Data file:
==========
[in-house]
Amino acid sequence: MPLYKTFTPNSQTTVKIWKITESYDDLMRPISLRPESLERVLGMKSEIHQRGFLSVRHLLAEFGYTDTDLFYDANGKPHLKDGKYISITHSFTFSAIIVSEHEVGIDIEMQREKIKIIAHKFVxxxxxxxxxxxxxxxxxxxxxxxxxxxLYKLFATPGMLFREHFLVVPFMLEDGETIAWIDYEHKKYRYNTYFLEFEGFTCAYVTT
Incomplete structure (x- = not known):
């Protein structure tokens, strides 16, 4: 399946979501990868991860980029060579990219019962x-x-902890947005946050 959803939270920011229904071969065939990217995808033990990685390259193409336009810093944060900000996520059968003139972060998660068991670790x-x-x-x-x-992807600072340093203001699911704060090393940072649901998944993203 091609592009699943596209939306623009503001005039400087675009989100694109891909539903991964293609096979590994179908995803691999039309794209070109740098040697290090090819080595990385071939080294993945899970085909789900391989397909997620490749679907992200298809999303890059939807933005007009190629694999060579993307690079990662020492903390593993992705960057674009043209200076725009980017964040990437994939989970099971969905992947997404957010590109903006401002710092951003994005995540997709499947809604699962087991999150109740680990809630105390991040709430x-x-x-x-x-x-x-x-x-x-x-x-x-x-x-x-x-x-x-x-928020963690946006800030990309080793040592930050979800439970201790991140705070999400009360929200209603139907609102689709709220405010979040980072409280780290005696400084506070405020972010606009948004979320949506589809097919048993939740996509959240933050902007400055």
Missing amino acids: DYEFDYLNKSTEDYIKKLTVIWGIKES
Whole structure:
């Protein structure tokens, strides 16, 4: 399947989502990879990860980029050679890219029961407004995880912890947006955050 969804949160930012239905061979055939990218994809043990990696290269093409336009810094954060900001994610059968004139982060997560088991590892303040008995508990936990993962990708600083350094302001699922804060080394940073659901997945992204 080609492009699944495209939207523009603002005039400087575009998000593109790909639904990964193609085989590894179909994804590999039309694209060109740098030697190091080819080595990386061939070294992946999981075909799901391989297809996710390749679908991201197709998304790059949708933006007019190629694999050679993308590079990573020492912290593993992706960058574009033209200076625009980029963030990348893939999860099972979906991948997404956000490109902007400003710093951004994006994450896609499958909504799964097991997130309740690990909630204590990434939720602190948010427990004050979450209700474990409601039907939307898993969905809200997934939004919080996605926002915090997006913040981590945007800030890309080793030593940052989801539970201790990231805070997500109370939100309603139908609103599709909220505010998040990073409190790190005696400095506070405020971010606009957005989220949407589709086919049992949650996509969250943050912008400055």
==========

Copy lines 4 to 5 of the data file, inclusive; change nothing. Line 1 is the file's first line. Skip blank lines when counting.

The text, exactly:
């Protein structure tokens, strides 16, 4: 399946979501990868991860980029060579990219019962x-x-902890947005946050 959803939270920011229904071969065939990217995808033990990685390259193409336009810093944060900000996520059968003139972060998660068991670790x-x-x-x-x-992807600072340093203001699911704060090393940072649901998944993203 091609592009699943596209939306623009503001005039400087675009989100694109891909539903991964293609096979590994179908995803691999039309794209070109740098040697290090090819080595990385071939080294993945899970085909789900391989397909997620490749679907992200298809999303890059939807933005007009190629694999060579993307690079990662020492903390593993992705960057674009043209200076725009980017964040990437994939989970099971969905992947997404957010590109903006401002710092951003994005995540997709499947809604699962087991999150109740680990809630105390991040709430x-x-x-x-x-x-x-x-x-x-x-x-x-x-x-x-x-x-x-x-928020963690946006800030990309080793040592930050979800439970201790991140705070999400009360929200209603139907609102689709709220405010979040980072409280780290005696400084506070405020972010606009948004979320949506589809097919048993939740996509959240933050902007400055």
Missing amino acids: DYEFDYLNKSTEDYIKKLTVIWGIKES